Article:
Investors will have an extra long weekend to think about the implications of Tesla's (TSLA) decision to slash 7% of its full-time workforce.

While Wall Street cheered Tesla's third-quarter earnings results -- which did come in vastly ahead of consensus estimates -- investors weren't thrilled that the fourth quarter will likely come in below last quarter's mark, according to the company-wide email. 

While there's far worse news that Tesla could have delivered than a dip in profits -- for instance, no profits -- Wall Street was nonetheless unimpressed. The move is drawing plenty of questions at this point. Is Tesla cutting workforce to help pay for its Shanghai factory? What does this mean for its $35,000 Model 3?

Of course, it helps to have context and in this case, we don't really have much. For instance, as Tesla gears up to deliver the Model 3 in Europe and China, are there some explainable costs or reasons for a possible slowdown? Will those explanations point to a return in momentum next quarter?

Those are the types of answers that investors will want when Tesla hosts its quarterly conference call and releases its fourth-quarter results. 

The Impact on the Bonds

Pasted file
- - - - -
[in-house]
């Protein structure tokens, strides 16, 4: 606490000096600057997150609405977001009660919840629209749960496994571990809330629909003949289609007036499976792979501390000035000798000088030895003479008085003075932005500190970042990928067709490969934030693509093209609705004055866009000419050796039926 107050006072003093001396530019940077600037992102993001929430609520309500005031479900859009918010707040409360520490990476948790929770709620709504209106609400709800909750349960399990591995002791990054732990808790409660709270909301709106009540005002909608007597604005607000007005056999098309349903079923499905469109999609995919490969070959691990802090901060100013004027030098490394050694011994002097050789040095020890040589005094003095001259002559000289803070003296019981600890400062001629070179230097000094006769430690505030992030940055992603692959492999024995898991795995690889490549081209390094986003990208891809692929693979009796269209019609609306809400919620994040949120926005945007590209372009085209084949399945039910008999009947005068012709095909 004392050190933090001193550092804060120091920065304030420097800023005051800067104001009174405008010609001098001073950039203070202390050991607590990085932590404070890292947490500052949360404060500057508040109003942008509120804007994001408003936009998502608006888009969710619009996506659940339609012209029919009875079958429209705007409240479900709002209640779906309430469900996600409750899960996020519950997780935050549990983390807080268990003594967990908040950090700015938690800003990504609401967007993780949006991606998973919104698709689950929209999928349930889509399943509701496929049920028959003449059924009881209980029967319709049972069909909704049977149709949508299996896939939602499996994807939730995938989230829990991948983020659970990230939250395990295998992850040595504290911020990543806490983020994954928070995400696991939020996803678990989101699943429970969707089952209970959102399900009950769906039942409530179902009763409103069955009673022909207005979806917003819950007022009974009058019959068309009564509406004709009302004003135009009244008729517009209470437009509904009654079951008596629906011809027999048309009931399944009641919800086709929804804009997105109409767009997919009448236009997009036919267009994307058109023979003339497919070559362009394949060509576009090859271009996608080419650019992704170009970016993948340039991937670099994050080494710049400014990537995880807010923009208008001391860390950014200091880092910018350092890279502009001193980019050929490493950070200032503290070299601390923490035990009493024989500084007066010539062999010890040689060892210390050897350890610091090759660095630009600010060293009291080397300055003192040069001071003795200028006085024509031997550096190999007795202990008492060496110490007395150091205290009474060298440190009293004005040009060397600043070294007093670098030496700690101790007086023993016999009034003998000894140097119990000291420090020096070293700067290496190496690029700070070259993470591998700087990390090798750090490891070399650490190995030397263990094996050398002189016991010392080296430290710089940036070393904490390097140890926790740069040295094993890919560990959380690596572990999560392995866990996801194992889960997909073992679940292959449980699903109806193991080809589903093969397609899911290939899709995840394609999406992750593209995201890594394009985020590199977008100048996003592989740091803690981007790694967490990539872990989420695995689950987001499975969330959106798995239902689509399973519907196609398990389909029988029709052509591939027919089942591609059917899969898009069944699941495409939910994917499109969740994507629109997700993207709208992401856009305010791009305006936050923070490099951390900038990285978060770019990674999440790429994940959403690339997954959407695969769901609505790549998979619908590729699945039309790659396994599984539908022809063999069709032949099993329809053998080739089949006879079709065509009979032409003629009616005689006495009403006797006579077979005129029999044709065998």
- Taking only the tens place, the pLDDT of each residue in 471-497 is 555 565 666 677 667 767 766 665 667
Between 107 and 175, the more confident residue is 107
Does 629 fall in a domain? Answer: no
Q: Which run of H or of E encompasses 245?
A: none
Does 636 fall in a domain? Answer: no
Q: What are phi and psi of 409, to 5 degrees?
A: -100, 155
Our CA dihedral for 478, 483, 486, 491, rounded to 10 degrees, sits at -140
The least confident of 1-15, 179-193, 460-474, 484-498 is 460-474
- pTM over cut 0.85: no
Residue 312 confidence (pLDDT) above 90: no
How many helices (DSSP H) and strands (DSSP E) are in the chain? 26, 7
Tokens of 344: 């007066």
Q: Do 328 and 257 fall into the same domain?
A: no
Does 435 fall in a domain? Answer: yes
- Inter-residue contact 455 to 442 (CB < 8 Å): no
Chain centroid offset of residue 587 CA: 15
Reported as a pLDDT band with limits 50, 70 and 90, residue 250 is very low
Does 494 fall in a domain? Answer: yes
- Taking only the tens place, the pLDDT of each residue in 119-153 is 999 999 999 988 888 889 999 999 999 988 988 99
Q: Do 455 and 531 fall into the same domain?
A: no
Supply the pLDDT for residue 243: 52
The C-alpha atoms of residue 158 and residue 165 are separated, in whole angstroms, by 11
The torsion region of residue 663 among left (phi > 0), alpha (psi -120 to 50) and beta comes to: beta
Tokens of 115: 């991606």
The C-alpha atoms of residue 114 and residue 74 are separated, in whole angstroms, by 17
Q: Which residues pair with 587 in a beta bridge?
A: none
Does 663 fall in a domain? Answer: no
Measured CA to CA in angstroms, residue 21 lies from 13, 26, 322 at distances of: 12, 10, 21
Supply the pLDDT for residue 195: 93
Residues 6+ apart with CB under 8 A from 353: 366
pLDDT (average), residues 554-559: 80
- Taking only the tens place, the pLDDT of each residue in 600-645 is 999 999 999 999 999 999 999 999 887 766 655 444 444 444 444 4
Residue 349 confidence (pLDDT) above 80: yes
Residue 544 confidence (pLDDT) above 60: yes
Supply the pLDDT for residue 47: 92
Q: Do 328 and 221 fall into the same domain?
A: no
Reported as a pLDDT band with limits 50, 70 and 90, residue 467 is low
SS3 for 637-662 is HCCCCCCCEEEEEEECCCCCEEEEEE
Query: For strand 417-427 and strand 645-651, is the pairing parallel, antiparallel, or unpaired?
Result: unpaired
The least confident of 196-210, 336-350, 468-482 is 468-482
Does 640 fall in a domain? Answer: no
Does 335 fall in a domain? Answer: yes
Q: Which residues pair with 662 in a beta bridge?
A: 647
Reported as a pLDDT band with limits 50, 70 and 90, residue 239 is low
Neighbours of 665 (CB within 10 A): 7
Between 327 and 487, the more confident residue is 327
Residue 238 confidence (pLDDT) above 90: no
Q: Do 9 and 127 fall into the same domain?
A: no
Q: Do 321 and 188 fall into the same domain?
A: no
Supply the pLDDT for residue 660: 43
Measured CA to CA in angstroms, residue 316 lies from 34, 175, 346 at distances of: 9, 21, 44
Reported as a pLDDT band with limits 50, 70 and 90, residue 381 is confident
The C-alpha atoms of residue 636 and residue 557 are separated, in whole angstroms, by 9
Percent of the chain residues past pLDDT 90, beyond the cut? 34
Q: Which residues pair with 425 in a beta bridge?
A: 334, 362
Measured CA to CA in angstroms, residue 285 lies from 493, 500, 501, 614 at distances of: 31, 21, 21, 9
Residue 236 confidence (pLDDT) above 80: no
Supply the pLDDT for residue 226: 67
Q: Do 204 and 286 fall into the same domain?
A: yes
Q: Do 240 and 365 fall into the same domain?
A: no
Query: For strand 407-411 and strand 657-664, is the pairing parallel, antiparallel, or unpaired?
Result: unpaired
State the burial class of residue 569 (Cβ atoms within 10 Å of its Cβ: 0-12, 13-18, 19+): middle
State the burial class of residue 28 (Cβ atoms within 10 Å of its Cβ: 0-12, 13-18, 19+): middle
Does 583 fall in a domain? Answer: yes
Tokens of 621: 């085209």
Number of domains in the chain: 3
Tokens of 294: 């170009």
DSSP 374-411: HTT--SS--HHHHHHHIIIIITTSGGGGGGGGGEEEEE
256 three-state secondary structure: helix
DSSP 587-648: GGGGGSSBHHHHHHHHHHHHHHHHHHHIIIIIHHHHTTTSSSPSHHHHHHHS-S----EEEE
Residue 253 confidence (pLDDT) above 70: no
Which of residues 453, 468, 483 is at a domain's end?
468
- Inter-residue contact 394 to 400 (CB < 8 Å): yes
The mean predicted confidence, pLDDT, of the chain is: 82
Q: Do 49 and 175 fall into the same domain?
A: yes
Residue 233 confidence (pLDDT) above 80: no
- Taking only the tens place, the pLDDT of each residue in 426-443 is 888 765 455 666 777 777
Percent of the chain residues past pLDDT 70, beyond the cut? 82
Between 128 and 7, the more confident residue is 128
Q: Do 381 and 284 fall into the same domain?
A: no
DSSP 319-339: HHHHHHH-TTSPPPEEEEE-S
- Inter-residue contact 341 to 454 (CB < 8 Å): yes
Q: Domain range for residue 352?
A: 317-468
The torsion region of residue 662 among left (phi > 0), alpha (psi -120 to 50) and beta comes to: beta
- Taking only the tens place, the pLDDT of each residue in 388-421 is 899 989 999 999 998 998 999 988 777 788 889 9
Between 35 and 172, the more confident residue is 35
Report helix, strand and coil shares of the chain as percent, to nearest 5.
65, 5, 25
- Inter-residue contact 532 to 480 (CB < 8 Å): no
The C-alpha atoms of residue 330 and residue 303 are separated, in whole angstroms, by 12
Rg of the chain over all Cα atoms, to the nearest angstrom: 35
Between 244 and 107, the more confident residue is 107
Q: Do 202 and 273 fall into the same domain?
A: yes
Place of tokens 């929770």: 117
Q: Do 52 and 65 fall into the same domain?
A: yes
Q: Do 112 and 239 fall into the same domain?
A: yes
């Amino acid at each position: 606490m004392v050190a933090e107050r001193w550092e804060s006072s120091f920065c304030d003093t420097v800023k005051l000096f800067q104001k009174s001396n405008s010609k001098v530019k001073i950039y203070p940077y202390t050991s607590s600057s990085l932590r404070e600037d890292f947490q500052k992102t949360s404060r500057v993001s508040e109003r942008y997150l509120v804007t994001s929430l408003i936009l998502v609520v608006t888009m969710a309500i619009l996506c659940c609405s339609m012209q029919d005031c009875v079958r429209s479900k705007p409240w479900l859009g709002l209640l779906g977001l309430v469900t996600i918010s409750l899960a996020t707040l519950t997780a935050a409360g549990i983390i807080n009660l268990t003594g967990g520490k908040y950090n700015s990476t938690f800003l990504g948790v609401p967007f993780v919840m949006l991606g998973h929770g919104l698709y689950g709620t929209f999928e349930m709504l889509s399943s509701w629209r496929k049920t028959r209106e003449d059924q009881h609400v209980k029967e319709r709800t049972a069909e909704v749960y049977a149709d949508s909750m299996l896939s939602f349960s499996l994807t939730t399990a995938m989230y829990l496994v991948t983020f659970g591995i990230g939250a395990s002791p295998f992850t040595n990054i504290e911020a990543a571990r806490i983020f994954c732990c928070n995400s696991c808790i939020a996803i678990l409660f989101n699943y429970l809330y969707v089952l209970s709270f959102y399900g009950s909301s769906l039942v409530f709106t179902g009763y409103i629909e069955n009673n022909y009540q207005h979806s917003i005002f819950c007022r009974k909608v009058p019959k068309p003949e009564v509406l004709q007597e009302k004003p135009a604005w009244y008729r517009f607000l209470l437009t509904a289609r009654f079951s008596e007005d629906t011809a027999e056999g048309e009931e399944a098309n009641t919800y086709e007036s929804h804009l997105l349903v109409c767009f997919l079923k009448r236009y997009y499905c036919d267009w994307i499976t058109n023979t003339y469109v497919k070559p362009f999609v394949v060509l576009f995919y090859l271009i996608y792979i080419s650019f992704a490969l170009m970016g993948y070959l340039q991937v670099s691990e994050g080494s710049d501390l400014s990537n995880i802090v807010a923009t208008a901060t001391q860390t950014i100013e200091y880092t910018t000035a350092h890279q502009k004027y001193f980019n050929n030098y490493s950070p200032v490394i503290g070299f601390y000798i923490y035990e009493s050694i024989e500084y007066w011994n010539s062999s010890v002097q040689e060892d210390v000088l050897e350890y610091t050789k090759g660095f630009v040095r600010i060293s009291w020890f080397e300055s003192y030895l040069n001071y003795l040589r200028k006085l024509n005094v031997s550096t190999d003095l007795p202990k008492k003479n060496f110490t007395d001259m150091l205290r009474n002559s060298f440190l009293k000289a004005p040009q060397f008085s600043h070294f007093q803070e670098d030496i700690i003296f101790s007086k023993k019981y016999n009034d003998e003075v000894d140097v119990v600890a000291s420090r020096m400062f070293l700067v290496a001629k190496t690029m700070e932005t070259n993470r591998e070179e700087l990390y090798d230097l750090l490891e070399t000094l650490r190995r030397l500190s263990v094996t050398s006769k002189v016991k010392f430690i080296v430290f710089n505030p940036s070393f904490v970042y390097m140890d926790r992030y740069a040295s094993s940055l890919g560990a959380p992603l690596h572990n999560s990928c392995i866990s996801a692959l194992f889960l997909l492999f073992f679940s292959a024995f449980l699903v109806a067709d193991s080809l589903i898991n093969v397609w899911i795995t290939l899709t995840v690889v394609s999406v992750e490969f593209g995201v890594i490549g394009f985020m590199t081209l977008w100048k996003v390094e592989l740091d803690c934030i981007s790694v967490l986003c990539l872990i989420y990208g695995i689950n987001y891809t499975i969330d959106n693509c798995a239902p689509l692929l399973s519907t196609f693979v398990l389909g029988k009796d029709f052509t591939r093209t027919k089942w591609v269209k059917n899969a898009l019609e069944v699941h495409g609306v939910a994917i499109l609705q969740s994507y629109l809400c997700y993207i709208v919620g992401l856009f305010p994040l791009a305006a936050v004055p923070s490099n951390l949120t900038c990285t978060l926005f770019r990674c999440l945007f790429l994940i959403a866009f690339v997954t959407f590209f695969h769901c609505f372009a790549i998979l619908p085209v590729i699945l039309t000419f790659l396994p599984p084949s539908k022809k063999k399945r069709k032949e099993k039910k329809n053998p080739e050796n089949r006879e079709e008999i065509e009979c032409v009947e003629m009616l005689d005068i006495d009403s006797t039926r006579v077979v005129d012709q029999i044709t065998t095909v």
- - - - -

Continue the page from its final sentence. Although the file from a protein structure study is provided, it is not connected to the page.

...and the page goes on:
Despite the flurry of questions and the onslaught of selling on Friday, one note worth covering its Tesla's 2019 convertible bonds. On March 1st, $920 million worth of convertible debt will come due. If Tesla stock is trading at or above $359.88, the company can elect to pay back that debt with stock rather than cash.

Tesla has already said that should the stock close above the conversion price, that it will pay it back with a 50/50 combination of cash and stock. However, with Tesla's recent pullback and Friday's 13% plunge, that puts Tesla's strategy in jeopardy.

As of last quarter, Tesla had about $2.9 billion in cash and equivalents. Tesla's cash and liquidity situation is more complicated than a simple glance at the balance sheet, but it gives us a rough idea of where the automaker stands. In the third quarter, Tesla was cash-flow positive and profitable, and so long as that's the case in the fourth quarter, Tesla should be able to make the payment in March, even if it is all cash. However, it will come at an unfortunate time for Tesla, as it tries to get its Shanghai factory open before the end of the year, continues to expand its Supercharger Network and has a number of new models in the pipeline.

Of course, it's always possible that Tesla stock will be able to rally above that conversion price in time to pay part of the debt with stock. After all, it's more than a month away and we've seen crazier things than a 20% rally in Tesla's share price in a short time period. Earnings will likely be a big catalyst between now and then, too.

Either way, keep the debt in mind. 

This article is commentary by an independent contributor. At the time of publication, the author had no positions in the stocks mentioned.